I got it from the newspaper vendor every day, the Express, a free newspaper owned by the Washington Post. In addition to China in the Express, then in Washington, the American public, the best representative of China’s soft power is the Chinese giant pandas in the zoo, which has been upgraded directly to one of Washington’s must-visit attractions because of the pandas. People are willing to talk about sports star Yao Ming, but also talk about pianist Lang Lang, but they are mainly American after-dinner talk.
In order to enhance China’s soft power in the world has an impact, the relevant Chinese parties have made various efforts, from the promotion of Chinese, educational exchanges, media expansion to pop culture idols, the results can not be generalized. Polls have found that African respondents generally view China better than the rest of the world. Ethiopia, Ghana and other countries have a positive assessment of China’s influence by more than 75%. This was followed by Latin America and South America, where the majority of respondents had a positive view of China.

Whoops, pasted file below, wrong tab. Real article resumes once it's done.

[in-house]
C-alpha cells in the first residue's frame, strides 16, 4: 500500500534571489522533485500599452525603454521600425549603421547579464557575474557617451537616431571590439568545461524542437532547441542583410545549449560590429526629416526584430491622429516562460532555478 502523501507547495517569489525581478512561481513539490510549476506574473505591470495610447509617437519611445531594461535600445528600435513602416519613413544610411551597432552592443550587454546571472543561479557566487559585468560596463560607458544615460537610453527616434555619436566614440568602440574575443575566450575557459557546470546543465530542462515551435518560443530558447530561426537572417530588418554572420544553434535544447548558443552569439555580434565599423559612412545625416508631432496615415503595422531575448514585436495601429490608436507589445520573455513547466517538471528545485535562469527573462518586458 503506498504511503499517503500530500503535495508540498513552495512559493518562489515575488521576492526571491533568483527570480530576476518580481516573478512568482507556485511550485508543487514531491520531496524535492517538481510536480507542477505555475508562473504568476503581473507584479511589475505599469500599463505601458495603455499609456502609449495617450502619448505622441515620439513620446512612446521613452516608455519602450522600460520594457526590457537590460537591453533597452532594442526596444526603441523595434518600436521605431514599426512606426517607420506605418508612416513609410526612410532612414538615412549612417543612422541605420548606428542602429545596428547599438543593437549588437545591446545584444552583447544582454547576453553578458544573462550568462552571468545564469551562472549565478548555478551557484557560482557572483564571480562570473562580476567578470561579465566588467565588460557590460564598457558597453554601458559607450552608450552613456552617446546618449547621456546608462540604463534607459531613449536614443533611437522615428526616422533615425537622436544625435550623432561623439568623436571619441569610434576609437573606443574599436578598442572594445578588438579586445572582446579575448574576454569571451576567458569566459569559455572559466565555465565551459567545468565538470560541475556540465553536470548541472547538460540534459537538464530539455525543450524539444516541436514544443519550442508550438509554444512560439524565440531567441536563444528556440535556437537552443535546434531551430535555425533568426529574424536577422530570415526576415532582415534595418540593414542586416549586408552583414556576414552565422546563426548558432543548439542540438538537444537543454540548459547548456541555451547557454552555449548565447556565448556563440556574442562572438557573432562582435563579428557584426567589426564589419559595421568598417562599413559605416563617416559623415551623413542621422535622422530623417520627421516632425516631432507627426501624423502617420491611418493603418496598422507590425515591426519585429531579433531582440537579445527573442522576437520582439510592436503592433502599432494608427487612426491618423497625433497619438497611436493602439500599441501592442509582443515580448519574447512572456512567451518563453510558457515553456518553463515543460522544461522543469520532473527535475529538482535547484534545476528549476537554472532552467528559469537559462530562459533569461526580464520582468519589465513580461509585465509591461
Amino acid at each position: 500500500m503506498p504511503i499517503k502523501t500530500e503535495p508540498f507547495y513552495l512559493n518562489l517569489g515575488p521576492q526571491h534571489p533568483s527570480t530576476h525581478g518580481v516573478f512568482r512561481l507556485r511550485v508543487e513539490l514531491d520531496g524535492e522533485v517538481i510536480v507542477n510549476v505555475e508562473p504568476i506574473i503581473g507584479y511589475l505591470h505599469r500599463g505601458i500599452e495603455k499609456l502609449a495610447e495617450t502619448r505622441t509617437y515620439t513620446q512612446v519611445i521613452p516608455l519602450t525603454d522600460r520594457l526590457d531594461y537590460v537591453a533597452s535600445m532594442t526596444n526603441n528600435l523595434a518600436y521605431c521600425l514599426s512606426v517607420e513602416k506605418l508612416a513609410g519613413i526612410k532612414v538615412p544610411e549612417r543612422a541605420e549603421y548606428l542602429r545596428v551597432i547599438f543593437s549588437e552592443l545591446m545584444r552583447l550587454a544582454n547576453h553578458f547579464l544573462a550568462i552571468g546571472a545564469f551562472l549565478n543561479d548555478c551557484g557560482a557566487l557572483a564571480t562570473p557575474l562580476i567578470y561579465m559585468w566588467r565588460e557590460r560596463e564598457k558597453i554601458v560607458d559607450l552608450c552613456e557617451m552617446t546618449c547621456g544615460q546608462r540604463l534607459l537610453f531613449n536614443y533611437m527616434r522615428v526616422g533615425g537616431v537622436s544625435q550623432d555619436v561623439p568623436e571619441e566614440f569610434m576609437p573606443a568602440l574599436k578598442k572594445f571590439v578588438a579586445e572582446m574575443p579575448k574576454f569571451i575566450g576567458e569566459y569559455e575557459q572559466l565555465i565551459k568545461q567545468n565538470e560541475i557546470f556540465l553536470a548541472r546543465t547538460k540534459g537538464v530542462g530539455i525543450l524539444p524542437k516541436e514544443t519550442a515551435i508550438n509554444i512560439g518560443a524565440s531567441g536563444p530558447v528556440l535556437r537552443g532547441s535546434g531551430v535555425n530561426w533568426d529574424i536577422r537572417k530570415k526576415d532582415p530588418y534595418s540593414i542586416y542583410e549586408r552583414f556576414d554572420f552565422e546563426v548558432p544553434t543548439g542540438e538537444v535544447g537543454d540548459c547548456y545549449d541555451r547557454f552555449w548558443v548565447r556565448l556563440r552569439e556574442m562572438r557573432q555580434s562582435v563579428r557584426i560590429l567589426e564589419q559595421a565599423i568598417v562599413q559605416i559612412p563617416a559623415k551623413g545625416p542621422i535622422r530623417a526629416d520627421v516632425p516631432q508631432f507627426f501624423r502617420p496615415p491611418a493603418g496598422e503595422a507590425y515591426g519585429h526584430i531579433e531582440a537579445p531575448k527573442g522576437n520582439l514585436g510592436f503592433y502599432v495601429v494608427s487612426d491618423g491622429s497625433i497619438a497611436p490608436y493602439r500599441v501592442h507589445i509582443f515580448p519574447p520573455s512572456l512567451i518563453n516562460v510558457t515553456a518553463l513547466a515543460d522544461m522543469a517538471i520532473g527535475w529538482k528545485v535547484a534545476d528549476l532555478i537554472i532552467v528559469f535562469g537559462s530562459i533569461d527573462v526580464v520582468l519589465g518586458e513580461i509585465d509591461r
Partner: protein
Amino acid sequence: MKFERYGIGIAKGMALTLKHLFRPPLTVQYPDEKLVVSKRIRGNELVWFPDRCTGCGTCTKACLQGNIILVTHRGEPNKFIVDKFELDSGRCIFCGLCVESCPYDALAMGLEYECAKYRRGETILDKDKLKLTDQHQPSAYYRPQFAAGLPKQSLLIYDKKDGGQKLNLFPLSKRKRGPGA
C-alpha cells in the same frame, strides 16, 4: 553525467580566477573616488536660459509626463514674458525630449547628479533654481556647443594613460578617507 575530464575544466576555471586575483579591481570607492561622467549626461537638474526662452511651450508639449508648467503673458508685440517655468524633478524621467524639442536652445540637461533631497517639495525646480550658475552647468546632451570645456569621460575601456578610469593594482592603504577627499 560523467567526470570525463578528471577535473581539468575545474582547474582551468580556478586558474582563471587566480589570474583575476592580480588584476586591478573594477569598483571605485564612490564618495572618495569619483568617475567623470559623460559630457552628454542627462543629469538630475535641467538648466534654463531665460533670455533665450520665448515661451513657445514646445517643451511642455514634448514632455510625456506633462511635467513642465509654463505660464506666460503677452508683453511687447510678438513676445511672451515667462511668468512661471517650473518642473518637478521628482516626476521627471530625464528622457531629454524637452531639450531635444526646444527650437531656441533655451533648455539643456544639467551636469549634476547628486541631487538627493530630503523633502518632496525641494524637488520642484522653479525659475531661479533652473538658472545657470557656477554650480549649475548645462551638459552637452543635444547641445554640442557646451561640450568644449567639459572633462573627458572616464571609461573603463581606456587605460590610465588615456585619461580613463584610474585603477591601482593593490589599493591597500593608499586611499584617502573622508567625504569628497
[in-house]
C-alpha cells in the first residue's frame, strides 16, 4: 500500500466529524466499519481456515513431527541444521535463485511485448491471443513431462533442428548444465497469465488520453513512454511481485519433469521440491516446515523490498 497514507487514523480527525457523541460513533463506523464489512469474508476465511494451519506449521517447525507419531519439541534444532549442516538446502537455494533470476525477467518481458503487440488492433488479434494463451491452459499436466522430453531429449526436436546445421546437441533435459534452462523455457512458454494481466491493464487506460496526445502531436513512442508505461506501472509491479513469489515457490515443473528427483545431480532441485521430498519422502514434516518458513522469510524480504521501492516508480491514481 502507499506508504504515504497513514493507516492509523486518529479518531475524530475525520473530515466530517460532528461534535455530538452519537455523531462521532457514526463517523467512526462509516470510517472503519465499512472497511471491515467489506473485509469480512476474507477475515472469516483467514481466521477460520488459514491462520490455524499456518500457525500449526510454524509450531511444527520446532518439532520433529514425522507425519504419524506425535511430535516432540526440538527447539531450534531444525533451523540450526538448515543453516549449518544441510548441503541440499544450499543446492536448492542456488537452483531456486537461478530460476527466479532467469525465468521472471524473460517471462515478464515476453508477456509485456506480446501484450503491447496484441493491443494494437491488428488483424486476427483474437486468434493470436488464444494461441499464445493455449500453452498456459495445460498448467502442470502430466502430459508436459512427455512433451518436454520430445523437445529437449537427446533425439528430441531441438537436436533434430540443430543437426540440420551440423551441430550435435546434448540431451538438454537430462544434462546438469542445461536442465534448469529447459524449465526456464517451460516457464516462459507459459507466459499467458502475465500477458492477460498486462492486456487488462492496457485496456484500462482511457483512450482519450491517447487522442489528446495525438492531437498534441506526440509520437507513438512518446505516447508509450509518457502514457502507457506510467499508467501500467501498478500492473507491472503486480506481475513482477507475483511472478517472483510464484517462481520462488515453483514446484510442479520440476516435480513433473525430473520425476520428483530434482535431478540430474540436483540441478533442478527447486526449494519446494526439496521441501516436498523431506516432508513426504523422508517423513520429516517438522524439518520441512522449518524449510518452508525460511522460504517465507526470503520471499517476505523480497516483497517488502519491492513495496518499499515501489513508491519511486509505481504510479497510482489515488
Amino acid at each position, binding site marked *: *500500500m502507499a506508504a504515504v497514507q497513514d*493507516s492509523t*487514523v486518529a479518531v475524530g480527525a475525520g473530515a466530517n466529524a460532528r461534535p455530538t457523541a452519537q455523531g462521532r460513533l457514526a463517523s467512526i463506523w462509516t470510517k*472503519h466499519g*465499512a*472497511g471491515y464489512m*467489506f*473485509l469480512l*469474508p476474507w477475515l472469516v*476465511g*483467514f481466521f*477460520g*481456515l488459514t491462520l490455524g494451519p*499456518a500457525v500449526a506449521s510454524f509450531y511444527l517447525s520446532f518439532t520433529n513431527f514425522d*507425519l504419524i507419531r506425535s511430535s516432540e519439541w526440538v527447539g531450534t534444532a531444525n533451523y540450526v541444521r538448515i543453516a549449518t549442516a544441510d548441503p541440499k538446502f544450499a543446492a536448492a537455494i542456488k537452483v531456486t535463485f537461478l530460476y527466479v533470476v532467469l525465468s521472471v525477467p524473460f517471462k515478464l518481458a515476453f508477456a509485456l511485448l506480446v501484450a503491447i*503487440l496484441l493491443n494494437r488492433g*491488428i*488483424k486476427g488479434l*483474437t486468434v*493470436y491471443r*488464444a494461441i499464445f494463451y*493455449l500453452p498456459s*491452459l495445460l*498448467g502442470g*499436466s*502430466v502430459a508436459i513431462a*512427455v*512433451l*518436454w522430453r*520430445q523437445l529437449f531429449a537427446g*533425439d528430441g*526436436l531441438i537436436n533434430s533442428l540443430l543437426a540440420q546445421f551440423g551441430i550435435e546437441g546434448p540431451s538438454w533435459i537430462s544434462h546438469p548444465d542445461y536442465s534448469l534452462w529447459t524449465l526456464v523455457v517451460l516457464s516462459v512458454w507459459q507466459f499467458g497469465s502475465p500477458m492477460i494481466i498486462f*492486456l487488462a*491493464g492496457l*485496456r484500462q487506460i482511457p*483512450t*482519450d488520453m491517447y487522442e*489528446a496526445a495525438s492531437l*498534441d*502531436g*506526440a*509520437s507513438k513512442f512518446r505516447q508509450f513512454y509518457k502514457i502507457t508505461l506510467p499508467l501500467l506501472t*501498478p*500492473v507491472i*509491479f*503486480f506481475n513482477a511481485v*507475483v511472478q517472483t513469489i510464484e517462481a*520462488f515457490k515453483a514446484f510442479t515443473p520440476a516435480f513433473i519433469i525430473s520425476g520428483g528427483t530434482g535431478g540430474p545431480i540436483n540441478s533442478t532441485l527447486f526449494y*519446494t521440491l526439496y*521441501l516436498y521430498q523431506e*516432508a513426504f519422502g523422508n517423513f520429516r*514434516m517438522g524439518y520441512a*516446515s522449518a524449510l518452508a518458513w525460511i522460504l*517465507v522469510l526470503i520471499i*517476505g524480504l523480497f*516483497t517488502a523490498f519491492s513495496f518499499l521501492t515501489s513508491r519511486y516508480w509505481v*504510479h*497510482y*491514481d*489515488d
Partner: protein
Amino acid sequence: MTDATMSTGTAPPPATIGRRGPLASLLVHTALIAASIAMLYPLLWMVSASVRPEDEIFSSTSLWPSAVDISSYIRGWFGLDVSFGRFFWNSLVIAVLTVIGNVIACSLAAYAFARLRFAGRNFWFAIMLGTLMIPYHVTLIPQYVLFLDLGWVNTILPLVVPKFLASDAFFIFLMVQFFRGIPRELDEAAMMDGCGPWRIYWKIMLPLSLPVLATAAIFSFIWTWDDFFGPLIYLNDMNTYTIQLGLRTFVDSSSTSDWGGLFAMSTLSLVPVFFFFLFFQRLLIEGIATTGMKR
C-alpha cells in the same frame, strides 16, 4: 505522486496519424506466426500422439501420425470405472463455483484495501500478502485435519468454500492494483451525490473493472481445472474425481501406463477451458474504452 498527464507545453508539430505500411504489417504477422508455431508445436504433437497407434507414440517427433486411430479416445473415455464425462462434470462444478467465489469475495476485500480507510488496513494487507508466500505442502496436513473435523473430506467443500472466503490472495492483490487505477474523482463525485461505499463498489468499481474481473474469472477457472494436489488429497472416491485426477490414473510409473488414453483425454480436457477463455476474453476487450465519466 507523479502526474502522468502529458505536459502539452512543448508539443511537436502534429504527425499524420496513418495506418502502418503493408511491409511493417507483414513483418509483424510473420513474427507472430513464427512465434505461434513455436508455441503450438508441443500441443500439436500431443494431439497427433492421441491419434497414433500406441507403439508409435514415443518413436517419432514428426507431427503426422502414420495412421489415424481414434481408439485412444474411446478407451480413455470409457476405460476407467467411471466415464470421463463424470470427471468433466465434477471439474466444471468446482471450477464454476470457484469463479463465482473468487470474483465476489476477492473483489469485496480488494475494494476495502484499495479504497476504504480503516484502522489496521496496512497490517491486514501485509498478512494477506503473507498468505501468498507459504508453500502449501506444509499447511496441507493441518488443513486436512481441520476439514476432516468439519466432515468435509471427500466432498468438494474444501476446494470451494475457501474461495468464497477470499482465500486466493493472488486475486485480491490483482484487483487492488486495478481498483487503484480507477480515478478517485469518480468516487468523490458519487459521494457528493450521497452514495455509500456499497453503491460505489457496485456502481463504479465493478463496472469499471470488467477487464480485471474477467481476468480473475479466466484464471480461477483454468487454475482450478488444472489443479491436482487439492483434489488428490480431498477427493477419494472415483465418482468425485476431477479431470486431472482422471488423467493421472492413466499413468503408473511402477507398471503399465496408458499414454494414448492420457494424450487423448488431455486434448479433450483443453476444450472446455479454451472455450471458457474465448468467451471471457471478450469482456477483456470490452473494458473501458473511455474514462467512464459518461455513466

The concept of “soft power” was proposed by Joseph Nye, an American scholar who made it famous for his soft power against hard power in the 1990s. Later he extended the theory to the concept of “smart power”. In Joseph Nye’s view, it is not new for countries to find ways to show their own charm, but how to create soft power is changing with the changing conditions of the times. But not many people buy “smart power” account, in the eyes of the outside world, it is just the so-called new bottle of old wine.